The Uncertainty Of Economics: Exploring The Dismal Science

    Learning about the study of economics can help you understand why you face contradictions in the market.
  7. Economics

    A Practical Look At Microeconomics

    Learn how individual decision-making turns the gears of our economy.
  8. Fundamental Analysis

    Hamburger Economics: The Big Mac Index

    In theory, PPP stands up much better than it does in reality. Find out how to evaluate currencies according to the price of a Big Mac.
  9. Budgeting

    The Economics Of Pet Ownership

    Before you bring a furry friend into your household, make sure you can handle the hefty financial commitment.
  10. Bonds & Fixed Income

    Can Keynesian Economics Reduce Boom-Bust Cycles?

    Learn about a British economist's proposed solution to a common economic problem.
RELATED FAQS
  1. What's the difference between microeconomics and macroeconomics?

    Microeconomics is generally the study of individuals and business decisions, macroeconomics looks at higher up country and ... Read Full Answer >>
  2. Is North Korea a developed country?

    North Korea is one of the poorest and least developed countries in the world. It is far from a developed country. Because ... Read Full Answer >>
  3. Is Mexico a developed country?

    As of 2015, Mexico is not a developed country. However, it beats the majority of its peers in the developing world on most ... Read Full Answer >>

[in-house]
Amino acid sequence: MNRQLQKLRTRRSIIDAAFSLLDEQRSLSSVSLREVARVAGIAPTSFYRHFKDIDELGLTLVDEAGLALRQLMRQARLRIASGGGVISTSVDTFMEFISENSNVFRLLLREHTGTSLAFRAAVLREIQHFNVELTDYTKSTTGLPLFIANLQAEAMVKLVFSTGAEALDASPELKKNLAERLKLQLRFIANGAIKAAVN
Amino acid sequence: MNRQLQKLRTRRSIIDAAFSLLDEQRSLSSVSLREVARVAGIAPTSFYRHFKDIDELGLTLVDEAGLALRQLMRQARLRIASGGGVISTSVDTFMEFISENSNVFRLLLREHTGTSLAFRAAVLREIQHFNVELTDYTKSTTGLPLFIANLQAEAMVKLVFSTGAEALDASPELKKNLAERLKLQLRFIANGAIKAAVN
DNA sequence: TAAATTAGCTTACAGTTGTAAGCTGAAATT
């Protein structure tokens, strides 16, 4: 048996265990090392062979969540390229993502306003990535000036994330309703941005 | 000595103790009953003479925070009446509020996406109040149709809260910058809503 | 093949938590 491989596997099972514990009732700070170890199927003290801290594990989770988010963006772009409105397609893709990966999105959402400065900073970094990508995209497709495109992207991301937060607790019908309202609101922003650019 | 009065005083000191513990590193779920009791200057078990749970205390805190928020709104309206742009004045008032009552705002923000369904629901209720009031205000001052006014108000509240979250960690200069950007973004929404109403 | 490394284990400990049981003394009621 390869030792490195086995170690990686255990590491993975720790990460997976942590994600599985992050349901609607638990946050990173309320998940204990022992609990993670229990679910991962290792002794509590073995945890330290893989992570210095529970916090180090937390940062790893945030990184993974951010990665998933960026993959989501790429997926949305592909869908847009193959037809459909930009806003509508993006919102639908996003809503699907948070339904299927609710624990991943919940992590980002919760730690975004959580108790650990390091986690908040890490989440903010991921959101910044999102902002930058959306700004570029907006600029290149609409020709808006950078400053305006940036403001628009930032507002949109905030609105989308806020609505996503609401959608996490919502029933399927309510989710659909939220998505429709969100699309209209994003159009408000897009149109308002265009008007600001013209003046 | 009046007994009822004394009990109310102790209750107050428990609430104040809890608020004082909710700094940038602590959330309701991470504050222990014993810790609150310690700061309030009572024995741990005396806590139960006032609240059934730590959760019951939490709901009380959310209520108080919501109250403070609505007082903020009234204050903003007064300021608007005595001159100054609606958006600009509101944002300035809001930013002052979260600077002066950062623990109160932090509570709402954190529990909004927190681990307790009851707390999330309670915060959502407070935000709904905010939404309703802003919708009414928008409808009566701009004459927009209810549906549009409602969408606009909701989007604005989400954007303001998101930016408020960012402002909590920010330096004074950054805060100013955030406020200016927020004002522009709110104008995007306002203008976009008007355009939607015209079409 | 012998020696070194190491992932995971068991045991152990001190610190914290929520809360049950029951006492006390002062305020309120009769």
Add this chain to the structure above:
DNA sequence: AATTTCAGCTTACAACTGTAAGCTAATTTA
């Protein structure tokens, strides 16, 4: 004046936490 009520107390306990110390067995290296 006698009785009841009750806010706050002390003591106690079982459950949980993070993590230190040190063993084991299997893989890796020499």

4. Is China a developed country?

    Despite having the world's second-largest economy and third-largest military, China is still, as of 2015, not classified ... Read Full Answer >>
  5. Is Greece a developed country?

    Greece is a developed country by most meaningful metrics. However, its financial struggles have been well documented in the ... Read Full Answer >>
  6. Is the Philippines a developed country?

    The Philippines is not a developed country. The nation falls behind on every one of the most common metrics used by economist ... Read Full Answer >>
Hot Definitions
  1. Socially Responsible Investment - SRI

    An investment that is considered socially responsible because of the nature of the business the company conducts. Common ...
  2. Presidential Election Cycle (Theory)

    A theory developed by Yale Hirsch that states that U.S. stock markets are weakest in the year following the election of a ...
  3. Super Bowl Indicator

    An indicator based on the belief that a Super Bowl win for a team from the old AFL (AFC division) foretells a decline in ...
  4. Flight To Quality

    The action of investors moving their capital away from riskier investments to the safest possible investment vehicles. This ...
  5. Discouraged Worker

    A person who is eligible for employment and is able to work, but is currently unemployed and has not attempted to find employment ...
  6. Ponzimonium

    After Bernard Madoff's $65 billion Ponzi scheme was revealed, many new (smaller-scale) Ponzi schemers became exposed. Ponzimonium ...
Trading Center